Genre: Animation, Adventure, Comedy, Family, Mystery
Writer: Matt Lieberman, Adam Sztykiel, Jack Donaldson, and Derek Elliott
Starring: Will Forte, Mark Wahlberg, Jason Isaacs, Gina Rodriguez, Zac Efron, Amanda Seyfried, Kiersey Clemons, Ken Jeong, Tracy Morgan, Frank Welker, Iain Armitage, Mckenna Grace, Pierce Gagnon, Ariana Greenblatt, Simon Cowell, Christina Hendricks, Henry Winkler, John DiMaggio, Kevin Heffernan, Billy West
Review: Scooby-Doo and the gang face their most challenging mystery ever! (Not really) It's a race to stop a menacing madman from unleashing a monster on the world. Can Scooby save the world? Will this movie doom the Scooby-Doo franchise for all eternity? Are big studios finally going to stop making tent-pole movies by comity and actually write beloved characters a screenplay that understands them and why they have been a staple in animation since the 1960s? Hey, look... it's Scoob!
If 2020 couldn't get any worse... now kids and parents have to sit through the cinematic disaster known as Scoob! This movie is an aggressive disappointment on so many levels. For example...
The story begins with the "meet cute" of Shaggy (voiced by Will Forte) and Scooby-Doo (voiced by the legendary Frank Welker). They make a big point of the importance of friendship. And as fans of these characters know, Shaggy and Scooby are the best of friends and would let nothing come between them - which the folks that put this movie together either didn't know or didn't care because after about 20 minutes into the movie, these two best friends are at odds with one another, only to interact in awkward scenes of passive aggressive exchanges, and they don't both to talk with each other like best friends would actually do. They only act this way because of a terrible script that thinks families and fans of these guys want to see them hate each other for more than 60 minutes of the 90 minute runtime. Oh, but they become friends again in the last five minutes so no worries. Doesn't that sound like fun, gang?! What a waste!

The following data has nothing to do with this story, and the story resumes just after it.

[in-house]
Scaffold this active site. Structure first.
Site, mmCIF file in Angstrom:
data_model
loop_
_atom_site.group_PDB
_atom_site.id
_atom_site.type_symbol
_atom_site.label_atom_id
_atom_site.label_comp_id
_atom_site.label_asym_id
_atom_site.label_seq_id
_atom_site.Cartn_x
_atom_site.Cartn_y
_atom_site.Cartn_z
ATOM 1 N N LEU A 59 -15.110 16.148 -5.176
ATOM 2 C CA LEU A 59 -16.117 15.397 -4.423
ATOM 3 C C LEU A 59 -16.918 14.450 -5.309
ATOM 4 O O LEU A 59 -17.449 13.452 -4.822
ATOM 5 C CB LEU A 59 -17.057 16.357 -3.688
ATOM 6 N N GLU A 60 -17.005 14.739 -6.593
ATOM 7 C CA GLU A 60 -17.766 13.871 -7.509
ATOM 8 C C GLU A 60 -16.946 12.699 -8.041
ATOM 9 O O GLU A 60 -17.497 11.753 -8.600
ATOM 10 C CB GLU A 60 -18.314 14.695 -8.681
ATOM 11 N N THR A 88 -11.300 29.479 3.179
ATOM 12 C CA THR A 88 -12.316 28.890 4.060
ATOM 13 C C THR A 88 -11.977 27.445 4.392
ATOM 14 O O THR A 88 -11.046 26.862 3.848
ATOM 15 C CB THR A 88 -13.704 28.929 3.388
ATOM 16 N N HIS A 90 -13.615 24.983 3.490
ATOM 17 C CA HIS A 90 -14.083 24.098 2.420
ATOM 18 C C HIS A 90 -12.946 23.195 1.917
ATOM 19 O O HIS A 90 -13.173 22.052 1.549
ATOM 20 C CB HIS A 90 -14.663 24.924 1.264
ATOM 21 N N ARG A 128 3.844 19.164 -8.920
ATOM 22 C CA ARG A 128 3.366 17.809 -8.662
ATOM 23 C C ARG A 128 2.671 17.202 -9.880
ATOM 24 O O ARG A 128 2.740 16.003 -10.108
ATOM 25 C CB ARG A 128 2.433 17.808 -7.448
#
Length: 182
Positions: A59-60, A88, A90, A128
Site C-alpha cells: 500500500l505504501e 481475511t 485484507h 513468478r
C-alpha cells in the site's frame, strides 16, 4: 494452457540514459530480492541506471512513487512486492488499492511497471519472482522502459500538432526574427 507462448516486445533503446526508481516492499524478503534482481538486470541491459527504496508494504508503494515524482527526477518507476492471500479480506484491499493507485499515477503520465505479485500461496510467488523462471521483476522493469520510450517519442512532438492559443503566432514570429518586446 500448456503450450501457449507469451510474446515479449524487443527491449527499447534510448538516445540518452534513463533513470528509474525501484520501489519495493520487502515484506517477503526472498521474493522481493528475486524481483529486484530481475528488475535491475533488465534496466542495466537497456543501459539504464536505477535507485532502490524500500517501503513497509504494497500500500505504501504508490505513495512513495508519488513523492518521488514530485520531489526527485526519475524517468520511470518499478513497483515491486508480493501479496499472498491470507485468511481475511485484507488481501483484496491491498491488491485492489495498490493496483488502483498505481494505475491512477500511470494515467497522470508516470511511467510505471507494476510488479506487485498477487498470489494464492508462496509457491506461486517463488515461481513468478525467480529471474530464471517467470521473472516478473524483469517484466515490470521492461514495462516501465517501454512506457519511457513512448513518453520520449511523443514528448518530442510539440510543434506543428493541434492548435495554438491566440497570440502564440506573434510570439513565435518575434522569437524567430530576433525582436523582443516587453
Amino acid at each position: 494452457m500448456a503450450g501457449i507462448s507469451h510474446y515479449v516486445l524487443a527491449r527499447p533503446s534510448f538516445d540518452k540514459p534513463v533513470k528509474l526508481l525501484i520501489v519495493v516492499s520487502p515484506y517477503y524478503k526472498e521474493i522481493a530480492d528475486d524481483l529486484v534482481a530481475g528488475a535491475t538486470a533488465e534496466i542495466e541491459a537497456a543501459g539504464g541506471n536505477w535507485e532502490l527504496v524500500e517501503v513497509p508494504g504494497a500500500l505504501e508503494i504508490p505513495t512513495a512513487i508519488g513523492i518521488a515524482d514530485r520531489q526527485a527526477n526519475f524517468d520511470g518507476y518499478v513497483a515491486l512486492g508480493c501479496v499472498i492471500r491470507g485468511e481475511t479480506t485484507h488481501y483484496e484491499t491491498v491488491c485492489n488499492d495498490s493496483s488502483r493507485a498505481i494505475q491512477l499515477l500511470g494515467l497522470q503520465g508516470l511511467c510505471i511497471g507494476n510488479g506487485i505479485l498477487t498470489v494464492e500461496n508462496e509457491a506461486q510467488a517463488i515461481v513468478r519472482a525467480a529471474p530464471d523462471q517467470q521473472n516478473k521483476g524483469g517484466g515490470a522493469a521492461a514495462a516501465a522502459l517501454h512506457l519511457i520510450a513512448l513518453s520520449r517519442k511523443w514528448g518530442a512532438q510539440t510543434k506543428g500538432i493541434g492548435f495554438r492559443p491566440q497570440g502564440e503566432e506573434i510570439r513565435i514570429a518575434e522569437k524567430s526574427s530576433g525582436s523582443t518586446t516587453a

And if that wasn't bad enough, the other half of Mystery Inc. (Fred, Daphne, and Velma) are not with Scooby and Shaggy until the last act of the movie. Who doesn't want to watch a movie about five friends that travel around and solve spooky mysteries that don't actually travel around together and solve mysteries? Did the geniuses that wrote this ever see a Scooby-Doo cartoon? My kids love Scooby-Doo! The could have written a better movie! Oh, and Velma is Hispanic for some reason and has literally one line of dialogue to emphasize the point, but why? It has no significance to the plot or her character. Besides studio box checking, why would you do it?
Oh, and you have superheroes, too! The Blue Falcon (Mark Wahlberg) and Dynomutt (Ken Jeong), both part of the Scooby-Doo universe, give kids their superhero fix because, after all, kids love superheroes, right? But then you have other Hanna-Barbera characters like Captain Caveman, Dick Dastardly, and Muttley, who have no connection to Scooby-Doo, but hey... Who Cares! Is Warner Bros. trying to start a new cinematic universe - the SDCU (Scooby-Doo Cinematic Universe) or the HBCU (Hanna-Barbera Cinematic Universe)? They did such a bang-up job with DC, so why not!?
The biggest mystery in this pile of garbage is trying to figure out why Simon Cowell has such a prominently extended cameo. Do kids know who he is? I think it's due to a decade old screenplay that's been reworked to death. But where many Scooby-Doo movies feature a celebrity guest star, this high profile, big budget version didn't get someone more current or important to the plot. Or it might just be laziness, contractual obligation, or they tried and true studio method of.. who knows... or cares?
However, with all that said, I do think that the first 10-15 minutes are actually cute, fun, and have the spirit of what makes Scooby-Doo so entertaining and gave it the longevity it has endured over the last 50 years. After that, turn this dog-turd of a movie off!
I wish I could give Scoob! zero stars! It was terrible, boring, wasted a wonderfully entertaining IP, and, most of all, it violated one of my movie-going rules: a problem between characters can be solved with a quick two minute conversation, but the movie needs to happen so they don't and we have to sit uncomfortably as things happen to fill the runtime so we can make it to feature length and then it can happen once the plot, which this movie really doesn't have one that makes any sense, gets resolved.
Avoid this movie as if it were a dog with rabies. I'd rather have fleas than sit through it again! Cujo is more fun to watch. All I can say is Scoob! is a dog!